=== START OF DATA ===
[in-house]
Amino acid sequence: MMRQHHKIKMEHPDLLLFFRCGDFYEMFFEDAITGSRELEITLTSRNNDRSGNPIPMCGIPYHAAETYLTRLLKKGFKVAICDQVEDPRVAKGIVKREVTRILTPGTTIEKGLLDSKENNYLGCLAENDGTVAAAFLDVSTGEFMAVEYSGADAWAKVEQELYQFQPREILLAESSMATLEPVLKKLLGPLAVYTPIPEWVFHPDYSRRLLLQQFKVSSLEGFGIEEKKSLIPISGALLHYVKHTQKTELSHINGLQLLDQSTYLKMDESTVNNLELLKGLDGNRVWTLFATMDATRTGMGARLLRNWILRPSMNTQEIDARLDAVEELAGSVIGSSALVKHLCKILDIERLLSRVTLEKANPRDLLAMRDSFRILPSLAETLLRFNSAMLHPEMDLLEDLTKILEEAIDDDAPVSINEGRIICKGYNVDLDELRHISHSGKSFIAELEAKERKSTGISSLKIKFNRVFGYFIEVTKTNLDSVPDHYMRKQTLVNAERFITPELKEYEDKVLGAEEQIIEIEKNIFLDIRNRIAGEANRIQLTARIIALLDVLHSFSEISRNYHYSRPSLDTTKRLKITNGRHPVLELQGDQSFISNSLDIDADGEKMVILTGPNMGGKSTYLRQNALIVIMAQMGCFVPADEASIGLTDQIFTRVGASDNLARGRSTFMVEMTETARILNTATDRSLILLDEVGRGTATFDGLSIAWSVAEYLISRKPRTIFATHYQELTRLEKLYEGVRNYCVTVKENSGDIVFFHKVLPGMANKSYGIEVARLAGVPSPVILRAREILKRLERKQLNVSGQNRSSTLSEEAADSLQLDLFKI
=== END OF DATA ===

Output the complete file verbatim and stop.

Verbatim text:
[in-house]
Amino acid sequence: MMRQHHKIKMEHPDLLLFFRCGDFYEMFFEDAITGSRELEITLTSRNNDRSGNPIPMCGIPYHAAETYLTRLLKKGFKVAICDQVEDPRVAKGIVKREVTRILTPGTTIEKGLLDSKENNYLGCLAENDGTVAAAFLDVSTGEFMAVEYSGADAWAKVEQELYQFQPREILLAESSMATLEPVLKKLLGPLAVYTPIPEWVFHPDYSRRLLLQQFKVSSLEGFGIEEKKSLIPISGALLHYVKHTQKTELSHINGLQLLDQSTYLKMDESTVNNLELLKGLDGNRVWTLFATMDATRTGMGARLLRNWILRPSMNTQEIDARLDAVEELAGSVIGSSALVKHLCKILDIERLLSRVTLEKANPRDLLAMRDSFRILPSLAETLLRFNSAMLHPEMDLLEDLTKILEEAIDDDAPVSINEGRIICKGYNVDLDELRHISHSGKSFIAELEAKERKSTGISSLKIKFNRVFGYFIEVTKTNLDSVPDHYMRKQTLVNAERFITPELKEYEDKVLGAEEQIIEIEKNIFLDIRNRIAGEANRIQLTARIIALLDVLHSFSEISRNYHYSRPSLDTTKRLKITNGRHPVLELQGDQSFISNSLDIDADGEKMVILTGPNMGGKSTYLRQNALIVIMAQMGCFVPADEASIGLTDQIFTRVGASDNLARGRSTFMVEMTETARILNTATDRSLILLDEVGRGTATFDGLSIAWSVAEYLISRKPRTIFATHYQELTRLEKLYEGVRNYCVTVKENSGDIVFFHKVLPGMANKSYGIEVARLAGVPSPVILRAREILKRLERKQLNVSGQNRSSTLSEEAADSLQLDLFKI